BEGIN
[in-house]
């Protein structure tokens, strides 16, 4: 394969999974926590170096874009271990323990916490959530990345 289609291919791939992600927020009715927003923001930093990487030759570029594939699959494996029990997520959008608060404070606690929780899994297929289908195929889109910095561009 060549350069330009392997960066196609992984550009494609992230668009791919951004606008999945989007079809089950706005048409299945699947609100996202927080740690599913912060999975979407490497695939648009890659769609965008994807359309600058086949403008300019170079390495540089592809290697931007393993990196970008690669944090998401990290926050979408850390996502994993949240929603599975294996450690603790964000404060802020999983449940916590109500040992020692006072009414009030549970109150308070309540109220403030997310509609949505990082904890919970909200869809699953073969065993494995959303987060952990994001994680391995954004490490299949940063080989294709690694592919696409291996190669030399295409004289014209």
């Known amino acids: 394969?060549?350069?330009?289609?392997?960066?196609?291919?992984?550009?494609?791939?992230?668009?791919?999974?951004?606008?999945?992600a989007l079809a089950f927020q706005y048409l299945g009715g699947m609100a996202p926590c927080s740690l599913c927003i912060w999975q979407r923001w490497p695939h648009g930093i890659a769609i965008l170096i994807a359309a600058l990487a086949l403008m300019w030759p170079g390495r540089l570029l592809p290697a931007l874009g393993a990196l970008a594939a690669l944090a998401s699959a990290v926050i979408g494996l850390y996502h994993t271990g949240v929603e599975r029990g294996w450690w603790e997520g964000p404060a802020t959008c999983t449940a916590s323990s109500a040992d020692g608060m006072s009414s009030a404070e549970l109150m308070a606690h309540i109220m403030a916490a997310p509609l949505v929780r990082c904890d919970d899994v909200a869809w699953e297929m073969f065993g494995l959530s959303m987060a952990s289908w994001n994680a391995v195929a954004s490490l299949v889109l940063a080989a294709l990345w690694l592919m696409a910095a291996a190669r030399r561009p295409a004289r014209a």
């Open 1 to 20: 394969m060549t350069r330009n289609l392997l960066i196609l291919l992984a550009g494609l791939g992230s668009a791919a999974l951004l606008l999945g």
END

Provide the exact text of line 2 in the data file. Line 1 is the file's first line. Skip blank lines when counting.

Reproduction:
């Protein structure tokens, strides 16, 4: 394969999974926590170096874009271990323990916490959530990345 289609291919791939992600927020009715927003923001930093990487030759570029594939699959494996029990997520959008608060404070606690929780899994297929289908195929889109910095561009 060549350069330009392997960066196609992984550009494609992230668009791919951004606008999945989007079809089950706005048409299945699947609100996202927080740690599913912060999975979407490497695939648009890659769609965008994807359309600058086949403008300019170079390495540089592809290697931007393993990196970008690669944090998401990290926050979408850390996502994993949240929603599975294996450690603790964000404060802020999983449940916590109500040992020692006072009414009030549970109150308070309540109220403030997310509609949505990082904890919970909200869809699953073969065993494995959303987060952990994001994680391995954004490490299949940063080989294709690694592919696409291996190669030399295409004289014209």